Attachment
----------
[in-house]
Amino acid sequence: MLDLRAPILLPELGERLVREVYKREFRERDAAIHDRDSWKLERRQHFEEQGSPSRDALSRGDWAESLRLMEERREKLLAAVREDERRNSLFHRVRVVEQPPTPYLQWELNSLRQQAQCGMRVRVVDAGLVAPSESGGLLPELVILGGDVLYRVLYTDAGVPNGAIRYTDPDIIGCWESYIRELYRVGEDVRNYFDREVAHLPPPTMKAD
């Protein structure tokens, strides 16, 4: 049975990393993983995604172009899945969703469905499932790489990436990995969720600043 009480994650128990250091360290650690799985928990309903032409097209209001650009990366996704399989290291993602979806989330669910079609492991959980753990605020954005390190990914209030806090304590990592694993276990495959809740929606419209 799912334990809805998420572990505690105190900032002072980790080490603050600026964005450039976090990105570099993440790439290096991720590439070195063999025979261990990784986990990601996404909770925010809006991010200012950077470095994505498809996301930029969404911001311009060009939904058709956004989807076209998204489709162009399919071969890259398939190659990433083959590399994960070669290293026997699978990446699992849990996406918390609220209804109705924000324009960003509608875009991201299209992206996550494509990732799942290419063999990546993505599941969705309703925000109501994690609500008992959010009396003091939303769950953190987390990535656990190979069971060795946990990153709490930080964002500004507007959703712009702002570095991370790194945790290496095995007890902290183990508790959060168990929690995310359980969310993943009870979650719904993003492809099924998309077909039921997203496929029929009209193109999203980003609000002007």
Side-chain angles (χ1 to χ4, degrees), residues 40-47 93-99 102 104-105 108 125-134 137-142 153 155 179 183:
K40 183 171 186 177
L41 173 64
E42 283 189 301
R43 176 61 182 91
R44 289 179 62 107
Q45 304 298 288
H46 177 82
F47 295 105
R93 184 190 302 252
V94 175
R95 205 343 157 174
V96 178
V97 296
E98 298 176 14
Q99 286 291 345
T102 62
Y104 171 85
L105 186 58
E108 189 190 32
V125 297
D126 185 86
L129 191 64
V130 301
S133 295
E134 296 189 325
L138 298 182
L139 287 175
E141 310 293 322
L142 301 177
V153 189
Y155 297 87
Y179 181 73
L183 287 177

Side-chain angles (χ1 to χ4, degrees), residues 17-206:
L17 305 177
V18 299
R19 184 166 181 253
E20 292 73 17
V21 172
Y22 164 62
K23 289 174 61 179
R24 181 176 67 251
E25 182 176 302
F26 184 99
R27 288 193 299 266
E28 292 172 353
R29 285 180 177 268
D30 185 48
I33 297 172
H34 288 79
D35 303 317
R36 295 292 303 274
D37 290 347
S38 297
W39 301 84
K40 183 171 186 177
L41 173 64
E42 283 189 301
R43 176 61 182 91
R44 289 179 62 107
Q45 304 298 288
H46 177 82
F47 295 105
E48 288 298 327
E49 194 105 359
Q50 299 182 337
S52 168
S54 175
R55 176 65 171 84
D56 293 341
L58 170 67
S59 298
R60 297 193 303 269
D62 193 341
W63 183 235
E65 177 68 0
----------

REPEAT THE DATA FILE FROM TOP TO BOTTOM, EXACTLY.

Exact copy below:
[in-house]
Amino acid sequence: MLDLRAPILLPELGERLVREVYKREFRERDAAIHDRDSWKLERRQHFEEQGSPSRDALSRGDWAESLRLMEERREKLLAAVREDERRNSLFHRVRVVEQPPTPYLQWELNSLRQQAQCGMRVRVVDAGLVAPSESGGLLPELVILGGDVLYRVLYTDAGVPNGAIRYTDPDIIGCWESYIRELYRVGEDVRNYFDREVAHLPPPTMKAD
């Protein structure tokens, strides 16, 4: 049975990393993983995604172009899945969703469905499932790489990436990995969720600043 009480994650128990250091360290650690799985928990309903032409097209209001650009990366996704399989290291993602979806989330669910079609492991959980753990605020954005390190990914209030806090304590990592694993276990495959809740929606419209 799912334990809805998420572990505690105190900032002072980790080490603050600026964005450039976090990105570099993440790439290096991720590439070195063999025979261990990784986990990601996404909770925010809006991010200012950077470095994505498809996301930029969404911001311009060009939904058709956004989807076209998204489709162009399919071969890259398939190659990433083959590399994960070669290293026997699978990446699992849990996406918390609220209804109705924000324009960003509608875009991201299209992206996550494509990732799942290419063999990546993505599941969705309703925000109501994690609500008992959010009396003091939303769950953190987390990535656990190979069971060795946990990153709490930080964002500004507007959703712009702002570095991370790194945790290496095995007890902290183990508790959060168990929690995310359980969310993943009870979650719904993003492809099924998309077909039921997203496929029929009209193109999203980003609000002007």
Side-chain angles (χ1 to χ4, degrees), residues 40-47 93-99 102 104-105 108 125-134 137-142 153 155 179 183:
K40 183 171 186 177
L41 173 64
E42 283 189 301
R43 176 61 182 91
R44 289 179 62 107
Q45 304 298 288
H46 177 82
F47 295 105
R93 184 190 302 252
V94 175
R95 205 343 157 174
V96 178
V97 296
E98 298 176 14
Q99 286 291 345
T102 62
Y104 171 85
L105 186 58
E108 189 190 32
V125 297
D126 185 86
L129 191 64
V130 301
S133 295
E134 296 189 325
L138 298 182
L139 287 175
E141 310 293 322
L142 301 177
V153 189
Y155 297 87
Y179 181 73
L183 287 177

Side-chain angles (χ1 to χ4, degrees), residues 17-206:
L17 305 177
V18 299
R19 184 166 181 253
E20 292 73 17
V21 172
Y22 164 62
K23 289 174 61 179
R24 181 176 67 251
E25 182 176 302
F26 184 99
R27 288 193 299 266
E28 292 172 353
R29 285 180 177 268
D30 185 48
I33 297 172
H34 288 79
D35 303 317
R36 295 292 303 274
D37 290 347
S38 297
W39 301 84
K40 183 171 186 177
L41 173 64
E42 283 189 301
R43 176 61 182 91
R44 289 179 62 107
Q45 304 298 288
H46 177 82
F47 295 105
E48 288 298 327
E49 194 105 359
Q50 299 182 337
S52 168
S54 175
R55 176 65 171 84
D56 293 341
L58 170 67
S59 298
R60 297 193 303 269
D62 193 341
W63 183 235
E65 177 68 0